June 25, 2012
BSHS/ 373: Financial Management in Human Services
University of Phoenix
Magnolia Therapeutic Solutions Case Study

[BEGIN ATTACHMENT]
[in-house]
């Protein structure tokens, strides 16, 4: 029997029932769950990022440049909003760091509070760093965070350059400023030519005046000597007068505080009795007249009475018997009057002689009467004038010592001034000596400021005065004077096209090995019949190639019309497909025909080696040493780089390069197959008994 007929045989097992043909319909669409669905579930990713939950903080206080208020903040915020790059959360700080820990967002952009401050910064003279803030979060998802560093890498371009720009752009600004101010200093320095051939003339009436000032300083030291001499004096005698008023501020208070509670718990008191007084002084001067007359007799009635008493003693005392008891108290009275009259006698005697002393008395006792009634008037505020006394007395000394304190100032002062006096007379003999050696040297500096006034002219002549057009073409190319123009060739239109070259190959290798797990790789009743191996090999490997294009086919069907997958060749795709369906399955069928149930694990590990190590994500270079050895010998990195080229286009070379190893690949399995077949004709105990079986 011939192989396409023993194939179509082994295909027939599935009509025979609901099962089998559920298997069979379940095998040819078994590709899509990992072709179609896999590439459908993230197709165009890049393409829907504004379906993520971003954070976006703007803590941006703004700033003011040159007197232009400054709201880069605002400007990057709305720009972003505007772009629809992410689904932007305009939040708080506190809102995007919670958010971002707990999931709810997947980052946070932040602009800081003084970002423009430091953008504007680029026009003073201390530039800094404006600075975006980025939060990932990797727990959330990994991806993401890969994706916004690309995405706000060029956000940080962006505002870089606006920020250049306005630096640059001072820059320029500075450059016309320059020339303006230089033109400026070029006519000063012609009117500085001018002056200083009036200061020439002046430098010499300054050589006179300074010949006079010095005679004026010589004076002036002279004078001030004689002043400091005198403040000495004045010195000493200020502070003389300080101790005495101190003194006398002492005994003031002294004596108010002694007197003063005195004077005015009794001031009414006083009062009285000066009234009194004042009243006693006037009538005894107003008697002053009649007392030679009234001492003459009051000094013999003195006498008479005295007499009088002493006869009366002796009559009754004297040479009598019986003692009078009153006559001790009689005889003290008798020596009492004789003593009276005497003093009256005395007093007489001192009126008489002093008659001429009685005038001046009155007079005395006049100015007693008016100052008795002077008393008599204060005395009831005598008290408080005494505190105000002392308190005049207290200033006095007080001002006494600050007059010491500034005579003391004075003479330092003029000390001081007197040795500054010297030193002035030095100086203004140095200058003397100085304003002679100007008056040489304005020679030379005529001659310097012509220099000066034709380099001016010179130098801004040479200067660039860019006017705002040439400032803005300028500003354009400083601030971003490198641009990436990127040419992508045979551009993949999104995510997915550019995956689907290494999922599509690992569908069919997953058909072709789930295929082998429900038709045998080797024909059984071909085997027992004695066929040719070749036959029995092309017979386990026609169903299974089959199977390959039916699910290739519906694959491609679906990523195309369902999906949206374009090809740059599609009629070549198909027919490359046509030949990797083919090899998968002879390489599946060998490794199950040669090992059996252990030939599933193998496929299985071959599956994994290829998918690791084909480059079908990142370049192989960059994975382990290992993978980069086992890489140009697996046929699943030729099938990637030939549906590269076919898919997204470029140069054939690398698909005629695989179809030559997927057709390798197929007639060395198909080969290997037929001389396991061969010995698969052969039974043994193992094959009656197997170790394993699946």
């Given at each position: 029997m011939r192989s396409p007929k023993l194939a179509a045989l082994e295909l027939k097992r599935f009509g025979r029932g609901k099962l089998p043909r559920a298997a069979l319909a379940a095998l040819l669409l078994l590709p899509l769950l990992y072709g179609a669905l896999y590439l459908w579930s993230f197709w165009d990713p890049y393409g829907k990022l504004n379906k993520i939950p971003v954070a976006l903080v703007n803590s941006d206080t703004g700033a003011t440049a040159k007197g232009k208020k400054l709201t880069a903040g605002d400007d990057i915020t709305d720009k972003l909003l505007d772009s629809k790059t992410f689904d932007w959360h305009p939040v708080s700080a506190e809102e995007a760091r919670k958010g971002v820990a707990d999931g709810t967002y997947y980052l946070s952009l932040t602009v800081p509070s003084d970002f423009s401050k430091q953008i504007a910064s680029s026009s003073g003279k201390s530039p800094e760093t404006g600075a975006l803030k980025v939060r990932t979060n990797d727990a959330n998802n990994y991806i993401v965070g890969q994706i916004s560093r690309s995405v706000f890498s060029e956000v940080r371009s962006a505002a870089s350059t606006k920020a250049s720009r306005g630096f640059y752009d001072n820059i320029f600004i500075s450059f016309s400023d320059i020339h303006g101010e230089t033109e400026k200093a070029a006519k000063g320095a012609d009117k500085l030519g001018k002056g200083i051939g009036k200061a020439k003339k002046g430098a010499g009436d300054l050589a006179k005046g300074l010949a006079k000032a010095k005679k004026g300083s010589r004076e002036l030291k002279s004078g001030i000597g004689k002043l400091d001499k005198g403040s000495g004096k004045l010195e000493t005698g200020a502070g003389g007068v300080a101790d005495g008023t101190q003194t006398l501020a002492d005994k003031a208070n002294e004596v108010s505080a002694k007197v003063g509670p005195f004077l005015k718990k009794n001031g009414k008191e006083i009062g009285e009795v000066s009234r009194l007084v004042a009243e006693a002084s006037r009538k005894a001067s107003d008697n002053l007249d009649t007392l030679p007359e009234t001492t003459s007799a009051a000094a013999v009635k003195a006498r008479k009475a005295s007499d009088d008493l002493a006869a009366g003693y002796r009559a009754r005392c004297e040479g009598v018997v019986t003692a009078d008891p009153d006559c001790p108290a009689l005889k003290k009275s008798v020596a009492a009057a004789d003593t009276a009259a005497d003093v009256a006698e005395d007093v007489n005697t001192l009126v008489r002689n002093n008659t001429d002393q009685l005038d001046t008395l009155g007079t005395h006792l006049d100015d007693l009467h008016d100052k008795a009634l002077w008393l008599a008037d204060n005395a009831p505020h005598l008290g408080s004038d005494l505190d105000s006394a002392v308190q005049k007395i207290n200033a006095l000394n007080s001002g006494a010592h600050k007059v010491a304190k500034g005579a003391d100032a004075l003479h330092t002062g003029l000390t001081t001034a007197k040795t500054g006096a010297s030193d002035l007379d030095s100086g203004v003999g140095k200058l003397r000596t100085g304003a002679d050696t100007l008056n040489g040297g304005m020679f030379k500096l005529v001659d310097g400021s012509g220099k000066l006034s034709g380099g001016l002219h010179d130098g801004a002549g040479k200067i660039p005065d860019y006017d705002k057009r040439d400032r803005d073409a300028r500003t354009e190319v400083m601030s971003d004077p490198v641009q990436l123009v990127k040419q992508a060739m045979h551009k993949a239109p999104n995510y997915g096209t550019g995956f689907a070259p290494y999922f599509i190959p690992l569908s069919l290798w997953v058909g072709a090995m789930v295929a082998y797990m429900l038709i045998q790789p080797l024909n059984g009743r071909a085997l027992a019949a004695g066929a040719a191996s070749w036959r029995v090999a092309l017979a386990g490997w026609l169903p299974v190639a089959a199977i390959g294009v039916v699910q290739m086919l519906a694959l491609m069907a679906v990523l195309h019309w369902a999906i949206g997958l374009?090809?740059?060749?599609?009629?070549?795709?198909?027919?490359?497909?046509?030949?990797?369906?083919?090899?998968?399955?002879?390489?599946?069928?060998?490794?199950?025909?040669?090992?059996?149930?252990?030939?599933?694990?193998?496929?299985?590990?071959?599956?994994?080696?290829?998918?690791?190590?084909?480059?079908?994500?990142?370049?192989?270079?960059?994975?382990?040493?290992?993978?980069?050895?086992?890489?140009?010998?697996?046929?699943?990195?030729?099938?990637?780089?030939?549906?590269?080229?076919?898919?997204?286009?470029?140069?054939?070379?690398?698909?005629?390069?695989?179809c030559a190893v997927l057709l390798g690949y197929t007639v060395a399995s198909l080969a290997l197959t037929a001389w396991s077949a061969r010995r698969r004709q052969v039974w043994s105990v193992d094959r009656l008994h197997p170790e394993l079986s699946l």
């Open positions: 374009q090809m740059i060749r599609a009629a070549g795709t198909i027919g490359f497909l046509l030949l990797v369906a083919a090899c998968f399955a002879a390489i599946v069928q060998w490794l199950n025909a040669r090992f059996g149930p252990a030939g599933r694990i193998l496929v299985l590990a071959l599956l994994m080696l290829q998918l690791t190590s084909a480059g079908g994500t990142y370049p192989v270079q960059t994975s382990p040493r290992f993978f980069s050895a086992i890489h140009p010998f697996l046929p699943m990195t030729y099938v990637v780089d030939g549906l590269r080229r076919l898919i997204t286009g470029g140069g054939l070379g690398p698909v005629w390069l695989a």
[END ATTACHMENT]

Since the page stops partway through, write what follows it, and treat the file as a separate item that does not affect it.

Magnolia Therapeutic Solutions a nonprofit organization in New York City. The organization created in 1998 by Mary Stewart started the organization through grant funding. Over the years the organization prospered and grew into a million dollar organization. September 11, 2001 when New York City was attacked by terrorists, brought a new opportunity of funding from a grant provided from the city, to extend for a year helping with the traumatic experience and the aftermath of Post Traumatic Stress disorder associated with the terrorist attack. When the year of funding for 2001 had ended a new budget was introduced including the grant with hopes of a renewal for services. The organization fell short of the budget of $500,000. My decision in comparison of the board’s decision is different because I would not have approved the budget with the 2001 grant included, as this was a grant from the city that was to fund a program for only a year. Including the budget with the grant funding from the city, does not take into account the stability of the organization and does not display a concern for the well being of the employees who work there. In addition, when suspecting that there is available funding for programs, prior to approval of the funding continuing, does not take into account the needed resources to operate at full capacity for other programs in the organization. Those needed resources are being used elsewhere in the organization depleting the funding needed for the entire fiscal year. As mentioned above, one of the main causes of Magnolia’s problems is the assumption of available funding prior to authorization of the funding continuing. Magnolia Solutions faltering budget imposes threats of other programs shutting down. Lead-time for grant requests and multiyear programs must be...